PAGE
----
Urban Solutions for Global Challenges: The Global Parliament of Mayors
Did you know that more than half of the world´s population live in cities? Today more than ever we know that a high population density means an environment that is more conducive to disease. A city can be a place of opportunities, but at the same time it is a space where social inequality and insecurity become more evident. Yes, cities are part of the problem, but they are also part of the solution. And the challenges we face must be solved within them.
Cities, engines of change
To face their challenges, it is essential that cities solve problems collectively, sharing solutions and experiences. As demonstrated from the first outbreaks of COVID-19, the role of mayors was decisive in offering quick solutions tailored to their environments, even before national measures were implemented.
Local leaders are aware of the complex relationships between global and local challenges and the importance of collective action to move forward. National and international organisations should not debate and decide on political measures without cities and their mayors being present at the table. To amplify the voice and influence of mayors around the world the Global Parliament of Mayors was founded in 2016.
By putting cities first, this network seeks to consolidate a world in which mayors, their cities and their networks can design a global governance for a more inclusive and sustainable world together. This is precisely what citizens need: to see their local representatives and international networks working alongside national and international leaders. Since its foundation, the institution helps to strengthen relationships with national governments, networks, multinational institutions, civil society groups and companies.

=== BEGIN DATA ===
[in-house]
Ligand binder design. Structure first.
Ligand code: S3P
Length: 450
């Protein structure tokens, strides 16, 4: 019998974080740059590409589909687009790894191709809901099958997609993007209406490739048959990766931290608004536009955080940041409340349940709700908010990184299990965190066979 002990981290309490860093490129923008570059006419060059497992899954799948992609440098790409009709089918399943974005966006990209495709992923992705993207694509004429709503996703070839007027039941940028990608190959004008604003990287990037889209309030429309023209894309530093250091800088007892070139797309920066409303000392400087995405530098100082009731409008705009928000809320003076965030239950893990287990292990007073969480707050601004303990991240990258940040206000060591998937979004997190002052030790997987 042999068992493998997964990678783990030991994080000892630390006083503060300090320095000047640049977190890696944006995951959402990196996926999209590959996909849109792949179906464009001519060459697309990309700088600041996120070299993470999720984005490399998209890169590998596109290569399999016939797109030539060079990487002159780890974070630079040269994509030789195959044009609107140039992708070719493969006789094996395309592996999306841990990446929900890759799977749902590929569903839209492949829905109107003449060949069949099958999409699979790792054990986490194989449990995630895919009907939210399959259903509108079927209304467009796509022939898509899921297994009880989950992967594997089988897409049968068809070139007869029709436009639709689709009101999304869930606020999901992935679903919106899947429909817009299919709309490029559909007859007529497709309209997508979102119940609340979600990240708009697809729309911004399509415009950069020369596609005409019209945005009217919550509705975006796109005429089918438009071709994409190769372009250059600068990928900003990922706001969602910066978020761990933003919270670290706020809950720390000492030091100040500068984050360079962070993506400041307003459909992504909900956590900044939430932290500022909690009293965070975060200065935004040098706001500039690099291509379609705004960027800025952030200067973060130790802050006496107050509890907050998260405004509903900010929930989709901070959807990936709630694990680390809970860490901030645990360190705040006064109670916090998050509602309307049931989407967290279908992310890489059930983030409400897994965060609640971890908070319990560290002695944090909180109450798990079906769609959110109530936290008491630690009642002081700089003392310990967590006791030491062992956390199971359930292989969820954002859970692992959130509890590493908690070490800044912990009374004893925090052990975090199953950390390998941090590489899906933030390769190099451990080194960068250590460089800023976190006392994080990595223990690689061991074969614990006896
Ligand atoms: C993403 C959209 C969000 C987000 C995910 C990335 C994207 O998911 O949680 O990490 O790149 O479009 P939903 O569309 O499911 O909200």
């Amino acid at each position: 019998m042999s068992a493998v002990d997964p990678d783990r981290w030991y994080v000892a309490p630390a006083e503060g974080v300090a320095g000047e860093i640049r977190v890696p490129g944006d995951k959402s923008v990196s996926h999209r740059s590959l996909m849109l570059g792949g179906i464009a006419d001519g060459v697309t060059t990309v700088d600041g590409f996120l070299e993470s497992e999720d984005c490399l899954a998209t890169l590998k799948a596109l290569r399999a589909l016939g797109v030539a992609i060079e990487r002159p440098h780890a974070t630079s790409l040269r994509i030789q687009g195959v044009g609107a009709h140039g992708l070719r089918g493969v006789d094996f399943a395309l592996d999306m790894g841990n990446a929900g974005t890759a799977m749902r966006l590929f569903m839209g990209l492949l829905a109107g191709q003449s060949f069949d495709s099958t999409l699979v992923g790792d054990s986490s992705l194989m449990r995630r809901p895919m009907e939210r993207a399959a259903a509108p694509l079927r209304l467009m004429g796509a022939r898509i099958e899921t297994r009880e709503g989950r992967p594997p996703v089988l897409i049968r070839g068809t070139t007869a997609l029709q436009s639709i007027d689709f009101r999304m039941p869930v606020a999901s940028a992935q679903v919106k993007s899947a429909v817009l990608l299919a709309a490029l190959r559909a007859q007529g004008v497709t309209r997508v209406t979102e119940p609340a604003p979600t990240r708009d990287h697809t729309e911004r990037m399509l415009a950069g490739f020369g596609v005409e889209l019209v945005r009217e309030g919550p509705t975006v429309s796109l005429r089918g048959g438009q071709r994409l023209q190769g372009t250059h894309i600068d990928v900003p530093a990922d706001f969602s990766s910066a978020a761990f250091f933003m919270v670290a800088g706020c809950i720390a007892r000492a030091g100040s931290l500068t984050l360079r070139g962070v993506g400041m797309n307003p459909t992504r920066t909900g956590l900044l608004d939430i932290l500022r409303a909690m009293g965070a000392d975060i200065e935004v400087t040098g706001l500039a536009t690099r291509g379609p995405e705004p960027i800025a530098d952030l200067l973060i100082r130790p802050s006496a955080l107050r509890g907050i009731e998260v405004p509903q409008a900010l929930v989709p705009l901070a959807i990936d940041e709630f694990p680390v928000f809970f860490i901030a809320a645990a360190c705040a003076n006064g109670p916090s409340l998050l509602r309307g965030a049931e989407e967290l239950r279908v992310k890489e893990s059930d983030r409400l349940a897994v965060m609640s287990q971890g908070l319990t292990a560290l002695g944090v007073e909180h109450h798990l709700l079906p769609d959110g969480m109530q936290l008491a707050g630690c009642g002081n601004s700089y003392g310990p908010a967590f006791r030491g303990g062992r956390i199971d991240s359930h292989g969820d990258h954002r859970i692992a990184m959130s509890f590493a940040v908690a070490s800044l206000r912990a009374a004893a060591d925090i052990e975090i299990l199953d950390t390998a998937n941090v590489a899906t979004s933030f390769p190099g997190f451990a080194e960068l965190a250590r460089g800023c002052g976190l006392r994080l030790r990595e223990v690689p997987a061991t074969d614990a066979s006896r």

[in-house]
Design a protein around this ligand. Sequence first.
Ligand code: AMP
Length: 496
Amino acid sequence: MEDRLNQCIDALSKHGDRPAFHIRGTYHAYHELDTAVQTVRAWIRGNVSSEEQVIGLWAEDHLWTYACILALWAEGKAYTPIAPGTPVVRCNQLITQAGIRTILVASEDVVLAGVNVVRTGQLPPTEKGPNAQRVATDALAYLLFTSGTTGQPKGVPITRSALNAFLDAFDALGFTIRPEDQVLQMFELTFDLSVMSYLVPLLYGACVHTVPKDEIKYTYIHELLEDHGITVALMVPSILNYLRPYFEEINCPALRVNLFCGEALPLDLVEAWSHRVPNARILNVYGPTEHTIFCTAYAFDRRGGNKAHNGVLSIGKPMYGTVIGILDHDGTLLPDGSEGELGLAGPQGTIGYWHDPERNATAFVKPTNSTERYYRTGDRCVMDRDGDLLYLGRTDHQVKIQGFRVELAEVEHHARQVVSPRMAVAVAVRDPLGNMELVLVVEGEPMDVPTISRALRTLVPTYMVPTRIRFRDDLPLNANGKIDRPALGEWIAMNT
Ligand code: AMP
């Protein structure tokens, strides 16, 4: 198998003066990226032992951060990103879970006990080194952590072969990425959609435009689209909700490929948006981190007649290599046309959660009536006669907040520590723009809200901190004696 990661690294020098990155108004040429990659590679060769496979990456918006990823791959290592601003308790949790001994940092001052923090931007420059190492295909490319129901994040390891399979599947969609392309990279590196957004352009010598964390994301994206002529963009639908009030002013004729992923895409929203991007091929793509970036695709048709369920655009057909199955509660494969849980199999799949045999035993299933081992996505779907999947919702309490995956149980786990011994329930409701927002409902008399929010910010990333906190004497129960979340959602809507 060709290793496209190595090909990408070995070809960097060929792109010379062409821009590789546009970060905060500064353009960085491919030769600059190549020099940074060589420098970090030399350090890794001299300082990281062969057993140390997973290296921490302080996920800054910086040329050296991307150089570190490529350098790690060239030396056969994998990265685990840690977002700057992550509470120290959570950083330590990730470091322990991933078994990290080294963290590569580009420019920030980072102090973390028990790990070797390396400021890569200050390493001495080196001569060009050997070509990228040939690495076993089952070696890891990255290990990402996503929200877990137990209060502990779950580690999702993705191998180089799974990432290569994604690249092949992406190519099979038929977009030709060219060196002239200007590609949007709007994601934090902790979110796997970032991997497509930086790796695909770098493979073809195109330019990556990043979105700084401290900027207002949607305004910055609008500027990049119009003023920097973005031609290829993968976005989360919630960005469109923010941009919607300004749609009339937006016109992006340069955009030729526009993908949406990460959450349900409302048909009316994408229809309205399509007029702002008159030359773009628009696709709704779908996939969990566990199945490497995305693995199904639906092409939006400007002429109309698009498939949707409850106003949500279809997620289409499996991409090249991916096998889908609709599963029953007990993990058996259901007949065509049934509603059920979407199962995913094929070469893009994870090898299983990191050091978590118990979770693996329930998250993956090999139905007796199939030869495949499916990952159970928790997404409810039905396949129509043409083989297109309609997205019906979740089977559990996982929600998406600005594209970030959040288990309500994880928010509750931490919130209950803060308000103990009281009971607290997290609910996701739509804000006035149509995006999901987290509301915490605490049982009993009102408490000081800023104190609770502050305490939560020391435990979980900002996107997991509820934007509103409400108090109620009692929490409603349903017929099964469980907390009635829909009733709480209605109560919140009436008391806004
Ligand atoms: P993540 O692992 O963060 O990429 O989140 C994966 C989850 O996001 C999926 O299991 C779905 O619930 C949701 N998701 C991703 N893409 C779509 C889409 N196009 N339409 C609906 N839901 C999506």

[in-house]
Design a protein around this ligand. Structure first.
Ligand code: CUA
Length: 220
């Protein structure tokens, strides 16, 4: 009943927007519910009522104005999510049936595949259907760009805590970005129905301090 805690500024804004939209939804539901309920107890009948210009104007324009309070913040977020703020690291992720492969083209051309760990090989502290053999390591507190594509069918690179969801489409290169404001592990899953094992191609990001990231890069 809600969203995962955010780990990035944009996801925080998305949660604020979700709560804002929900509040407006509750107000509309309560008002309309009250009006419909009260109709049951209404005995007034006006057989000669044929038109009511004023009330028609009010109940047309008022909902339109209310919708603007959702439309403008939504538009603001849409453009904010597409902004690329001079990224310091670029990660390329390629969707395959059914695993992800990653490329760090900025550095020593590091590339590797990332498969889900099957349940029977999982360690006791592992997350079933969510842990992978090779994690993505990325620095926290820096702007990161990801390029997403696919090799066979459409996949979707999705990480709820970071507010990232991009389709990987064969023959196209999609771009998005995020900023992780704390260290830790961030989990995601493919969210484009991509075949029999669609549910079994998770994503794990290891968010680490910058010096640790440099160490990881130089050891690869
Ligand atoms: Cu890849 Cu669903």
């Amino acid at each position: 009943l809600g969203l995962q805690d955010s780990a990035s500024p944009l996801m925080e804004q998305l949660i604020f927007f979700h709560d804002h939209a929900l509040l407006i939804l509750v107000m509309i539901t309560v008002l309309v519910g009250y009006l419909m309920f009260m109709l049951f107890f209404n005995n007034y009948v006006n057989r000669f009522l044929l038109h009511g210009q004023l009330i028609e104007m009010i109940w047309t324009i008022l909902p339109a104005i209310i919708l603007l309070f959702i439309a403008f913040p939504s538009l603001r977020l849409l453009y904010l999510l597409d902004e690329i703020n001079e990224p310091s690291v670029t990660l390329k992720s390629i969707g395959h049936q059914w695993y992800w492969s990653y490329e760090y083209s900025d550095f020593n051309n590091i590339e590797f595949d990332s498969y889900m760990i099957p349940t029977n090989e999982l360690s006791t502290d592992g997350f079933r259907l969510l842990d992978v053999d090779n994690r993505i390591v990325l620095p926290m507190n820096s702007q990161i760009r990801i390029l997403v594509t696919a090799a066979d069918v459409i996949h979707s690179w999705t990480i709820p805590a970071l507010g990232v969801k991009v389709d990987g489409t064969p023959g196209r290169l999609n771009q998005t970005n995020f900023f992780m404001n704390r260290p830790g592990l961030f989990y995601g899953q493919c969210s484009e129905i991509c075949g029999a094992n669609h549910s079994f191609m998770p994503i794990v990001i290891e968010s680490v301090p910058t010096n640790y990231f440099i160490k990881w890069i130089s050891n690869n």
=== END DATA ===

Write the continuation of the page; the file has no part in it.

The Mayors Act Now initiative to fight COVID-19
In response to COVID-19, the network launched the Mayors Act Now initiative, a virtual space for mayors to share new approaches and initiatives. They also use the platform to share success stories. Here are some examples:
- Zamboanga (Philippines) established a transportation system for hospital workers.
- Tirana (Albania) changed the operation of its daily soup kitchen so that those in need received food directly at home.
- Besiktas (Turkey) developed an anti-stress campaign for its citizens.
- Palermo (Italy) created a virtual assistant for the city’s website, which uses artificial intelligence to answer citizens’ questions about COVID-19.
A movement for the rights of the city
To face global challenges with urban solutions, the movement works with a digital platform. Through it, they advance in decision-making and gather every year at the Annual Summit so that leaders can deliberate as a Parliament. The movement empowers mayors by giving a global voice to its members, bringing together all kinds of cities: big and small, north and south, developed and emerging. But they do not work alone. They are accompanied by more than 300 strong urban networks that offer research, determine best practices and foster cooperation between cities. Among them are UNICEF, UN Habitat and the European Forum for Urban Security (EFUS). Through the immense contribution of each network, the platform manages to give a common voice to many different voices.
The Global Parliament of Mayors in 2021
Throughout 2021, the Global Parliament of Mayors will continue to empower local authorities as they work to lead local recovery efforts and rebuild their cities to be greener and more equitable. “Beyond their dedication to respond to COVID-19, mayors also look to the future to face the challenges that lie ahead after the pandemic,” the network comments.
Very soon the organisation will launch a new project to provide a local response to migration caused by climate change. It will bring together mayors from the south and the north to explore shared solutions and develop city-to-city partnerships. “Mayors remain committed to their belief that local government must be an active partner in policy–making at the national and international level,” they add.